Anthropogenic biases in chemical reaction data hinder exploratory inorganic synthesis


Most chemical experiments are planned by human scientists and therefore are subject to a variety of human cognitive biases1, heuristics2 and social influences3. These anthropogenic chemical reaction data are widely used to train machine-learning models4 that are used to predict organic5 and inorganic6,7 syntheses. However, it is known that societal biases are encoded in datasets and are perpetuated in machine-learning models8. Here we identify as-yet-unacknowledged anthropogenic biases in both the reagent choices and reaction conditions of chemical reaction datasets using a combination of data mining and experiments. We find that the amine choices in the reported crystal structures of hydrothermal synthesis of amine-templated metal oxides9 follow a power-law distribution in which 17% of amine reactants occur in 79% of reported compounds, consistent with distributions in social influence models10,11,12. An analysis of unpublished historical laboratory notebook records shows similarly biased distributions of reaction condition choices. By performing 548 randomly generated experiments, we demonstrate that the popularity of reactants or the choices of reaction conditions are uncorrelated to the success of the reaction. We show that randomly generated experiments better illustrate the range of parameter choices that are compatible with crystal formation. Machine-learning models that we train on a smaller randomized reaction dataset outperform models trained on larger human-selected reaction datasets, demonstrating the importance of identifying and addressing anthropogenic biases in scientific data.

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Fig. 1: Occurrence of amines in structures of reported metal oxide crystals.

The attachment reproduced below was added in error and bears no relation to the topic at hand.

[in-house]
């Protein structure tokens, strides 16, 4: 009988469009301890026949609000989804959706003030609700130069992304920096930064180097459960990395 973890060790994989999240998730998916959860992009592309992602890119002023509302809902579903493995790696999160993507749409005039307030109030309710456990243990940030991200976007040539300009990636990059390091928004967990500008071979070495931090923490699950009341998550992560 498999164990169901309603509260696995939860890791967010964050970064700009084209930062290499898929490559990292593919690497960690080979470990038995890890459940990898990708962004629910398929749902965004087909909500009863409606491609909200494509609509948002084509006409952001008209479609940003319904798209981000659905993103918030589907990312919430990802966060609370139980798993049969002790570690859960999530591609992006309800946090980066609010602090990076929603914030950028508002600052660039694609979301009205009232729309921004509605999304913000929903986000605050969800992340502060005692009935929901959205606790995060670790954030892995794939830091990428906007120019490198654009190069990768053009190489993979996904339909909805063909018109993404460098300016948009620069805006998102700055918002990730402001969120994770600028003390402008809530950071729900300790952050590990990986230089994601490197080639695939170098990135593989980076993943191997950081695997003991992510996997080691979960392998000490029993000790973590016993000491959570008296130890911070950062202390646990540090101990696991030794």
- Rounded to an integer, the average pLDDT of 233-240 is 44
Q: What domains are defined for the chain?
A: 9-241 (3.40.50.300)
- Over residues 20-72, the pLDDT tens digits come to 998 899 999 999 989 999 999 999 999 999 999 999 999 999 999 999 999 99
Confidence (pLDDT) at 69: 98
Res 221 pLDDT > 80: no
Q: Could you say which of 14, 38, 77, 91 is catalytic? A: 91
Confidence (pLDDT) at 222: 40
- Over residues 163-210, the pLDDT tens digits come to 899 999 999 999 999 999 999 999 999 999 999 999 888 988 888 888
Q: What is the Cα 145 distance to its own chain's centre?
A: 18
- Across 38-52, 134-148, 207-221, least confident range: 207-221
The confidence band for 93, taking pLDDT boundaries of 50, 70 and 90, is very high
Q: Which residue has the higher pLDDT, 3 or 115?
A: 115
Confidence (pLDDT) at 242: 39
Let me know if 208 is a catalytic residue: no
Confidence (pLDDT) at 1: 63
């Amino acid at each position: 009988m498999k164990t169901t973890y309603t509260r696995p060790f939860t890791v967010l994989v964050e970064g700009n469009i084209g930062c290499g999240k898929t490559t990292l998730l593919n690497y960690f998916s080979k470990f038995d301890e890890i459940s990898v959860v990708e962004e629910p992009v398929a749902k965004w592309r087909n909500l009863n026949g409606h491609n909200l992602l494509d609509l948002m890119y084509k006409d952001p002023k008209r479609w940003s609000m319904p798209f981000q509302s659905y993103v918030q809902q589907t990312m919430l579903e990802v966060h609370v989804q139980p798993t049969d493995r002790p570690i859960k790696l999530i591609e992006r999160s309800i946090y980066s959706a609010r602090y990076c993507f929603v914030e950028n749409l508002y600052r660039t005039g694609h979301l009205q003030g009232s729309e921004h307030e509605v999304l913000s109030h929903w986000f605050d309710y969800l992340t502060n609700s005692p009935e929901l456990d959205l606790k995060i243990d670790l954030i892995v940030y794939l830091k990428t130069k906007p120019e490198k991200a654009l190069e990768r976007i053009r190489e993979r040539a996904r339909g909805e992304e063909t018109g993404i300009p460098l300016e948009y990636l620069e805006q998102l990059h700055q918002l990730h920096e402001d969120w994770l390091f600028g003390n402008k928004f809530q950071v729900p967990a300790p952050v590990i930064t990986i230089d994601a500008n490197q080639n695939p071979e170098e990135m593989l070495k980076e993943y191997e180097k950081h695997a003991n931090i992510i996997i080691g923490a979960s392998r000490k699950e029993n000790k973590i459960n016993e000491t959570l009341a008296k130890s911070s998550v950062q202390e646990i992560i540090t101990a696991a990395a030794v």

Fig. 2: Distribution of the choices of reaction parameters and reaction outcomes.
Fig. 3: Reaction outcomes from randomly generated experiments for popular amines and not-popular (unpopular and absent) amines.

Data availability

The authors declare that all data supporting the findings of this study are available within the article and its supplementary information.

Code availability

The code used for this project is available in the supplementary information files.


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We thank G. Cattabriga for software engineering support and X. Weng for proofreading the experimental data entries. This project was funded by the National Science Foundation (award no. DMR-1709351). I.L. was partially supported by a Bryn Mawr College LILAC Summer Internship Funding Program. J.S. acknowledges the Henry Dreyfus Teacher-Scholar Award (TH-14-010).

Author information




J.S. and A.J.N. conceived the project. A.R., H.W., X.J., and A.M. devised and performed the human-selected reactions, supervised by A.J.N. X.J. and A.M. collected historical notebook data, supervised by A.J.N; A.J.N and X.J. extracted the appropriate structures. A.L., I.L. and J.S. determined the amine counts from these structures. J.S. generated the random reactions. O.H., X.J., M.D. and A.M. performed the randomly generated and test set reactions, supervised by A.J.N. Statistical analysis was performed by A.L. and J.S. S.A.F. performed model construction and analysis. S.A.F., J.S. and A.J.N. performed and interpreted the feature influence analysis calculations. J.S., A.J.N and S.A.F. wrote the paper. All authors discussed the results and commented on the manuscript.